What better floor for a woodworking shop than one made of wood? If you’re lucky enough to have a basement or dedicated outbuilding with sufficient headroom and a concrete floor that’s dry and reasonably flat, wood flooring can’t be beat as the starting point for a workshop. We chose southern yellow pine for the Woodcraft Magazine workshop floor for a number of reasons. First, it’s affordable and widely available. The 1 × 6 tongue-and-groove boards cost just under $3 per square foot in our neighborhood. Even though southern yellow pine is a softwood, this flooring offers an excellent combination of durability, strength, and resiliency—which probably explains why it’s been used for centuries as flooring in residential and commercial buildings.
Many woodworkers dream of a shop lined with flawlessly finished cabinets like the kitchen of some celebrity chef. If you have the time and inclination, go for it; just don’t let perfection prevent you from making real sawdust. Cabinets and countertops deserve protection, but a workshop doesn’t need a showroom-grade finish to do the job.
Behind every great workshop lies a great plan, whether your shop makes up the corner of a basement, the back wall of a two-car garage, or a dedicated outbuilding. Common ingredients include good organization, a complement of tools (power and hand) geared to your interests, and a practical, efficient floor plan. Other considerations are dust collection, accessibility, heating, lighting, and electrical service.
In a perfect world, you’d make all the cuts for same-width project parts at the same time. There are instances, however, when you need to set the rip fence for other cuts, and then must return to the original table saw setup. That’s when you need this jig. Its adjustable arms allow you to quickly reset your rip fence for two repeatable settings without fussy measuring and/or test-cutting. I mostly use the jig with my table saw, but it works just as well with a router table equipped with a miter gauge slot.
After reading some heated Internet threads about the WoodRiver planes, I’ll admit that I had some misgivings about putting myself in the crossfire. Then, I thought about the guy looking to buy his first block or bench plane on a limited budget. Price is important, especially today. (I had been woodworking for 15 years before I could afford my first Bed Rock.) That said, no tool is a bargain if it doesn’t work properly. So, out of pure curiosity, I accepted the assignment to examine and test the first editions of the WoodRiver block and bench planes.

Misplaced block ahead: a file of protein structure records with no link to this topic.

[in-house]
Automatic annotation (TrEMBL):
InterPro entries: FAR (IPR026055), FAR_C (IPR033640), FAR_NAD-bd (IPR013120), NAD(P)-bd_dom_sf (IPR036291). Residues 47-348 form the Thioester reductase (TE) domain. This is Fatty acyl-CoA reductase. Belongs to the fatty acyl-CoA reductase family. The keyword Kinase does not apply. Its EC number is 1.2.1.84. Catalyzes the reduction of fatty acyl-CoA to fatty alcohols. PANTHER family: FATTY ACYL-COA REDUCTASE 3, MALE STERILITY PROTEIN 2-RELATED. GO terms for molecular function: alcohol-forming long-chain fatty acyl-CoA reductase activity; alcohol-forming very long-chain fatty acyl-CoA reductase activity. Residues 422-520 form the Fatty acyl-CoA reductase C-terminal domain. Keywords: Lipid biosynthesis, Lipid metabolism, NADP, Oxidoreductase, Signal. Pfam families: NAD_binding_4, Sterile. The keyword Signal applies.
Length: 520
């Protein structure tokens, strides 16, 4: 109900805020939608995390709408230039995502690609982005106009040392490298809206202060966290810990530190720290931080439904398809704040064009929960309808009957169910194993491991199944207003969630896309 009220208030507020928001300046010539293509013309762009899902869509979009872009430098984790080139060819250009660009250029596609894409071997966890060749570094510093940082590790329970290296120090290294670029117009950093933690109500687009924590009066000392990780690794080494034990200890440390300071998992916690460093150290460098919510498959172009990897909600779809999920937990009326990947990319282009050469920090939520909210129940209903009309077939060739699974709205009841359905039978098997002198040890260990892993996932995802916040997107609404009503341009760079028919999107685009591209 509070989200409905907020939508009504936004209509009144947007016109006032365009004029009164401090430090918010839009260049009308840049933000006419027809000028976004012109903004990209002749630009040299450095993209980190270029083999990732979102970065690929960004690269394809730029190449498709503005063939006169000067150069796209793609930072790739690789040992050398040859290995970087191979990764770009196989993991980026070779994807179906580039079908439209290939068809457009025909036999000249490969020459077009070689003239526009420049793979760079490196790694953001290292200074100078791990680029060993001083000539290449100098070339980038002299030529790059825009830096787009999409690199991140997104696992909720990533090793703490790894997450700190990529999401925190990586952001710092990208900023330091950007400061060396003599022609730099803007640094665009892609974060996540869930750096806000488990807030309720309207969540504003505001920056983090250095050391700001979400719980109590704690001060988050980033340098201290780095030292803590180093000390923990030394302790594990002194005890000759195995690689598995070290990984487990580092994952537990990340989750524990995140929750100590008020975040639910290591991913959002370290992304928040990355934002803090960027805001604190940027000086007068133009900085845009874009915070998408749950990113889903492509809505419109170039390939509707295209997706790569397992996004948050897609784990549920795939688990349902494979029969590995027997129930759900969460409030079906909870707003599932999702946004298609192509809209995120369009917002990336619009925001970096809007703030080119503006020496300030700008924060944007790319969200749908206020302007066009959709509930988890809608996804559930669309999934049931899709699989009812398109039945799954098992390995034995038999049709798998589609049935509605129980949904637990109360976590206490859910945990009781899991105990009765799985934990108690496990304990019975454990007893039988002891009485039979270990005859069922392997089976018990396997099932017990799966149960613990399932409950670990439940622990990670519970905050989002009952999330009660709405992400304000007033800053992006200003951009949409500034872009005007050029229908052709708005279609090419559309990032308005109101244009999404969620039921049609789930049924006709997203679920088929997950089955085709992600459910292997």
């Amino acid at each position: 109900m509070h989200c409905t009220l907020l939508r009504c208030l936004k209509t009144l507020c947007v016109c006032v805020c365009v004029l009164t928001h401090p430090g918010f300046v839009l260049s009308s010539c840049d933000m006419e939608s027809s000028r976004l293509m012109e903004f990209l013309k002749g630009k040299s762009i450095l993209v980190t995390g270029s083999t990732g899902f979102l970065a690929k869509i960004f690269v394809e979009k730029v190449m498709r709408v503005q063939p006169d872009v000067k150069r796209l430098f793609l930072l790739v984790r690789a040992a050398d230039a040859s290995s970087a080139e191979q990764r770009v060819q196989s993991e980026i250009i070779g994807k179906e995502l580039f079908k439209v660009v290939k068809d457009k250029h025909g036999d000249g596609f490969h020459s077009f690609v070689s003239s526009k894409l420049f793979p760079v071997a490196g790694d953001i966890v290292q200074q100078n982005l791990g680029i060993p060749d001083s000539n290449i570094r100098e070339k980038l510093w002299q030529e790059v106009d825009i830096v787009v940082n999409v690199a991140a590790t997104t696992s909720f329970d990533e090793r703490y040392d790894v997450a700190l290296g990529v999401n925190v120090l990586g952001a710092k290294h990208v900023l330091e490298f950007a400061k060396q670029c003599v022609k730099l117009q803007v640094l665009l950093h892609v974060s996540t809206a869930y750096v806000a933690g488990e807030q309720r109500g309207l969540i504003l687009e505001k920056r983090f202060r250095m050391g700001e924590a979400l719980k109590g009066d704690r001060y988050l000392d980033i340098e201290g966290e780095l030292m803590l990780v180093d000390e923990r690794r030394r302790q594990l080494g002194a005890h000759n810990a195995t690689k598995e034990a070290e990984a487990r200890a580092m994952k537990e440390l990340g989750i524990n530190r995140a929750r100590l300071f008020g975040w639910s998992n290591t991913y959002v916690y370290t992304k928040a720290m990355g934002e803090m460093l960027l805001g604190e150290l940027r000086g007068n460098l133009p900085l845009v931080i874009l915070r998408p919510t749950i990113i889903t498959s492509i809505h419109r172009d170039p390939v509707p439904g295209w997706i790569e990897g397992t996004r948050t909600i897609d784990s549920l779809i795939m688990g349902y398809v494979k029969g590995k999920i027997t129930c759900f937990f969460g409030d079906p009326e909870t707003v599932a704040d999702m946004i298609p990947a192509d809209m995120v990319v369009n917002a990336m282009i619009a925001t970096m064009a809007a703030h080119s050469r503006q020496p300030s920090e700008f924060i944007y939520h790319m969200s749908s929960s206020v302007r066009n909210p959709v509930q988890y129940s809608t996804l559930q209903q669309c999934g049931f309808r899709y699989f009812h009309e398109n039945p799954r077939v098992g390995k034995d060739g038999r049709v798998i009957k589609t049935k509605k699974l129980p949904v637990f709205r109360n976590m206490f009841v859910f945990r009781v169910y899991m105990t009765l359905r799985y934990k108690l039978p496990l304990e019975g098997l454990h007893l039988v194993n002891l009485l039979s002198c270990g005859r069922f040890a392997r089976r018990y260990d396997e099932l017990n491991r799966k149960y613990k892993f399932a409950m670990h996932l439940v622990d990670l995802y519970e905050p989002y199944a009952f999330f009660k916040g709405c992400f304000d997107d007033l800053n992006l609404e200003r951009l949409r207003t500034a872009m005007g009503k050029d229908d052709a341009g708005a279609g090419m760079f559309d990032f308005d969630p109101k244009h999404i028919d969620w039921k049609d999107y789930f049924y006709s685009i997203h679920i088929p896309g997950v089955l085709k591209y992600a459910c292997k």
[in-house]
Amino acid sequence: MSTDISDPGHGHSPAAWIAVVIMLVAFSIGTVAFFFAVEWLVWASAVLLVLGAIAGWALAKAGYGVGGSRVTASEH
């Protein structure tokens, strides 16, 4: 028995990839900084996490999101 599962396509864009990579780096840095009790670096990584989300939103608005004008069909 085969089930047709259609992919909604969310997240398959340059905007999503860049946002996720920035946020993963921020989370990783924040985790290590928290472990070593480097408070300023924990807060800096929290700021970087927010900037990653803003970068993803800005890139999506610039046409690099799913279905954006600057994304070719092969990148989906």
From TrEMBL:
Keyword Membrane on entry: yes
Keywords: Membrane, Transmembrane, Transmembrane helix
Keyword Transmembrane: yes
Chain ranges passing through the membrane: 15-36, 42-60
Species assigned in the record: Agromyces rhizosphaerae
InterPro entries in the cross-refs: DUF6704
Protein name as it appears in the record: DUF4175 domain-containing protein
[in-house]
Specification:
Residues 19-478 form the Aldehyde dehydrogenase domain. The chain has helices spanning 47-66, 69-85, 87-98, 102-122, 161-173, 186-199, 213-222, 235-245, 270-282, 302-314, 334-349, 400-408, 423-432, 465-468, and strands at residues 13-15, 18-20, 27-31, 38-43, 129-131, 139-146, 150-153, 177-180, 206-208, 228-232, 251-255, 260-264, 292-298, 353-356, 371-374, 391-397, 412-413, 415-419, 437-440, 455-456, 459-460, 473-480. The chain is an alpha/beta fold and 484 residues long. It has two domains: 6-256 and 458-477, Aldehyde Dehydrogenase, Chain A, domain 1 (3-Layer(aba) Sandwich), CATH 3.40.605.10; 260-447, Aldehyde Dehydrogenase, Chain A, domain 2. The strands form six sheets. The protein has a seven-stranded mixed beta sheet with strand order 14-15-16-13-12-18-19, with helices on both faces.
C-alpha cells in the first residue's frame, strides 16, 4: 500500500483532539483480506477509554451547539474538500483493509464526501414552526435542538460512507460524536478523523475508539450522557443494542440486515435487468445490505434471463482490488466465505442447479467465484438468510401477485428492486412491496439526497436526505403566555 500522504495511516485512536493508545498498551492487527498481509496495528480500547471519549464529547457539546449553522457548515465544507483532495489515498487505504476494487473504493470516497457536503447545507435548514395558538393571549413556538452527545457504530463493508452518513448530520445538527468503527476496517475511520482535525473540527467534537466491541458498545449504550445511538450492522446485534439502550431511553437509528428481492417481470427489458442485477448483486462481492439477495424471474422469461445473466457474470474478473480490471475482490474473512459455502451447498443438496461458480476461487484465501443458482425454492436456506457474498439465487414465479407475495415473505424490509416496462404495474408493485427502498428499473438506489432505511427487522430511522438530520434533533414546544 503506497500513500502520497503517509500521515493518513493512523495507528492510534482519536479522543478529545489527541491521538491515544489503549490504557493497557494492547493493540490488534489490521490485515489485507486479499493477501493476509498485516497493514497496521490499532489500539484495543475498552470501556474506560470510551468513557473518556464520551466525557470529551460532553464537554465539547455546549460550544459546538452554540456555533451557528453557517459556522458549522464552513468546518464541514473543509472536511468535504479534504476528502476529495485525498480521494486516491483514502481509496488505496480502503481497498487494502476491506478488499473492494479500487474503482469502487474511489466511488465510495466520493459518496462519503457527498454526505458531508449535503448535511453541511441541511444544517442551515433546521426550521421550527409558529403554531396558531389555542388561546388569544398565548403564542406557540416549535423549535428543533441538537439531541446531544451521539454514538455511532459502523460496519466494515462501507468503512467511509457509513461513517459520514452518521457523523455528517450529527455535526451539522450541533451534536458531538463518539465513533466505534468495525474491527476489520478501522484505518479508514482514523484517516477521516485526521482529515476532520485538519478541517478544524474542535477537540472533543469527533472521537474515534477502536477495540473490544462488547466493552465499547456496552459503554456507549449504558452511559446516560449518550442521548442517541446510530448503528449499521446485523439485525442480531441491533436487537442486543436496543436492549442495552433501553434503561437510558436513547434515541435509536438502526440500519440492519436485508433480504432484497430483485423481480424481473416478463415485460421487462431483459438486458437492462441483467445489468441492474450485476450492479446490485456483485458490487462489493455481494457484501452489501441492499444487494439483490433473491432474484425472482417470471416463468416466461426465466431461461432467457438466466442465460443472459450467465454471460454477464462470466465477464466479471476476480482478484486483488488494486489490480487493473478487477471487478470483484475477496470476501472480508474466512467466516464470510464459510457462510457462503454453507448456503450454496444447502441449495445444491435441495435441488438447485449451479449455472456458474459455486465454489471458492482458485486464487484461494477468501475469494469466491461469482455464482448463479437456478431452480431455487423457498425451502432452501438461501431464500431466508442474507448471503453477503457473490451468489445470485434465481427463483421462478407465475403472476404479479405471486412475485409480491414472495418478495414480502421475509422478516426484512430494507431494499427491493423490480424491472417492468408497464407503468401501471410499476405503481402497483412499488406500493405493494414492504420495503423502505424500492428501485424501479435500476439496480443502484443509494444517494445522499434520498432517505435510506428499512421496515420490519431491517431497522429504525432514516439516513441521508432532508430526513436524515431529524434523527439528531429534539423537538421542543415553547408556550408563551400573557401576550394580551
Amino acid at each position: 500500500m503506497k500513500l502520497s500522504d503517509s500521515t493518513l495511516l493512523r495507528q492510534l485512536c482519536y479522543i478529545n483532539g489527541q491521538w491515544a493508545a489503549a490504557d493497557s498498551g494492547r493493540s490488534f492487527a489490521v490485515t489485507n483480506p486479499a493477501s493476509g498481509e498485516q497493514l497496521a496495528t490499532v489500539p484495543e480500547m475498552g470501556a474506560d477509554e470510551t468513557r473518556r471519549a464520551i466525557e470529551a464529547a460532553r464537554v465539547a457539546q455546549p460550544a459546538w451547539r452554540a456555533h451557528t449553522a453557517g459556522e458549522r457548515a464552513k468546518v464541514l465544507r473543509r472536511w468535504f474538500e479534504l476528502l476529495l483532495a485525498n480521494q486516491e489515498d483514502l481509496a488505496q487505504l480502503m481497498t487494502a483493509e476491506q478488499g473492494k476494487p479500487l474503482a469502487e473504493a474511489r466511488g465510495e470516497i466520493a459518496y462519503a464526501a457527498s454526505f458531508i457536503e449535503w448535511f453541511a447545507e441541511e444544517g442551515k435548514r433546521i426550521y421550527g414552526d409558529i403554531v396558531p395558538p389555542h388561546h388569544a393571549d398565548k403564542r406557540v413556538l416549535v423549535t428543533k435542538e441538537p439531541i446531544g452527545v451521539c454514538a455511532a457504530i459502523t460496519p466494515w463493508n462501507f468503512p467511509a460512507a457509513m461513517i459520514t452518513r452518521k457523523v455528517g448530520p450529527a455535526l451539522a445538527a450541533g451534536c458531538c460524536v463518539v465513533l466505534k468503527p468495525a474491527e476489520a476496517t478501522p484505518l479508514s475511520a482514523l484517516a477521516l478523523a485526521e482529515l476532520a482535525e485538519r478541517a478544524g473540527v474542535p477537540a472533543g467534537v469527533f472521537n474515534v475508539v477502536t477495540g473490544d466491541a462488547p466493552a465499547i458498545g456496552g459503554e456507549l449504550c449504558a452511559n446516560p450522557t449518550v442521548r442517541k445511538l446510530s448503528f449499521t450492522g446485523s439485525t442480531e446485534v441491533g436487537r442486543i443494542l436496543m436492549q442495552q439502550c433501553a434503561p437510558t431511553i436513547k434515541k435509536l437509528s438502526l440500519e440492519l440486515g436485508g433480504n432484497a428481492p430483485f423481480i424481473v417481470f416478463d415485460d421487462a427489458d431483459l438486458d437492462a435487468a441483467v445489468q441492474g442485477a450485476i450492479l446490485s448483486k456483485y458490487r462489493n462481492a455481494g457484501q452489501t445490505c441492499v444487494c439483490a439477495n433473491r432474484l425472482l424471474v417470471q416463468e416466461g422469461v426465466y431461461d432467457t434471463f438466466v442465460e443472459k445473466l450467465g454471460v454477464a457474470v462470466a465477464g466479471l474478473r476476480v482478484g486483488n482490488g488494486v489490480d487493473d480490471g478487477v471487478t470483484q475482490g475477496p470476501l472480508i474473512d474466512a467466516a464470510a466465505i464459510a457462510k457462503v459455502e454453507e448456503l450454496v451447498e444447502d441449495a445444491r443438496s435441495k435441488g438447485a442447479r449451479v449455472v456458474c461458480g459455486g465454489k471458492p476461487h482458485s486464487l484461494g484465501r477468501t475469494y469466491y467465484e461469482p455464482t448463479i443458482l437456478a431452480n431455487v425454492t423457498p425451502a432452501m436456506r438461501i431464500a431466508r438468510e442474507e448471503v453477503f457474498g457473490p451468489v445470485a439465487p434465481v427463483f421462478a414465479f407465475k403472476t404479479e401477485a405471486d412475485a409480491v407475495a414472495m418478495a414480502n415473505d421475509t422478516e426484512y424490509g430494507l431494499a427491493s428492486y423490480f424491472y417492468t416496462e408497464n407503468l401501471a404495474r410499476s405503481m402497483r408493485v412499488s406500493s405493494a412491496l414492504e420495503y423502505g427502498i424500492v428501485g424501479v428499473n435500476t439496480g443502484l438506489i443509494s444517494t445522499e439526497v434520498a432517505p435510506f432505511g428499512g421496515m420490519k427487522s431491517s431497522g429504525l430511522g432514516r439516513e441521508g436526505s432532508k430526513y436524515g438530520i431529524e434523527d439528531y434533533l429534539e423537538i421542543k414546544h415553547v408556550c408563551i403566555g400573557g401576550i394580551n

For years, cordless drill manufacturers have been in a battery-powered arms war. After years of equating better with bigger, somebody figured out that most woodworkers don’t need 36-volts or want to lug around a 17-pound brute. Taking a different approach, several manufacturers have employed lithium-ion technology to create palm-sized drivers. Triton’s palm-sized 3.6V driver is one of the smallest and least expensive in this new batch. Does the $40 mini-driver earn pocket space in your shop apron? Is it time to retire your manual screwdriver?
Instant gratification is how J. R. “Russ” Blaser, 82, describes the appeal of woodturning. Starting with seasoned wood, the retired manufacturing plant manager can sometimes turn a rough blank into a signed and finished work of art in a single evening. But the path to today’s quick success actually spans seven decades of woodworking. And at a key point during Russ’s development as a turner, a Woodcraft employee provided help that transformed raw interest into polished skills.
There’s little doubt that the mortise-and-tenon joint is one of the strongest joints in woodworking. But it’s not always the quickest or easiest to cut. There’s an alternative that’s a lot easier to make—the loose-tenon joint. This joint can be made quickly with a router, a cordless drill, or a high-speed mortiser, and when it’s assembled with modern adhesives, it’s plenty strong for most projects.
The jointer is one of those “heaven or headache” tools. When it’s working properly, it makes quick, sweet work of straightening and flattening boards. However, a poorly-tuned jointer can cause no end of frustration, yielding crooked edges, weirdly tapered pieces, and washboard surfaces.
Curls, stripes, flecks, and eyes in wood can be attributed to many factors, but they have at least three things in common. First, most are difficult to machine without tearing out large chunks. Second, woodworkers will pay more for the pleasure (or pain) of working with them. Last, but not least, any frustration disappears the instant you apply the first coat of finish.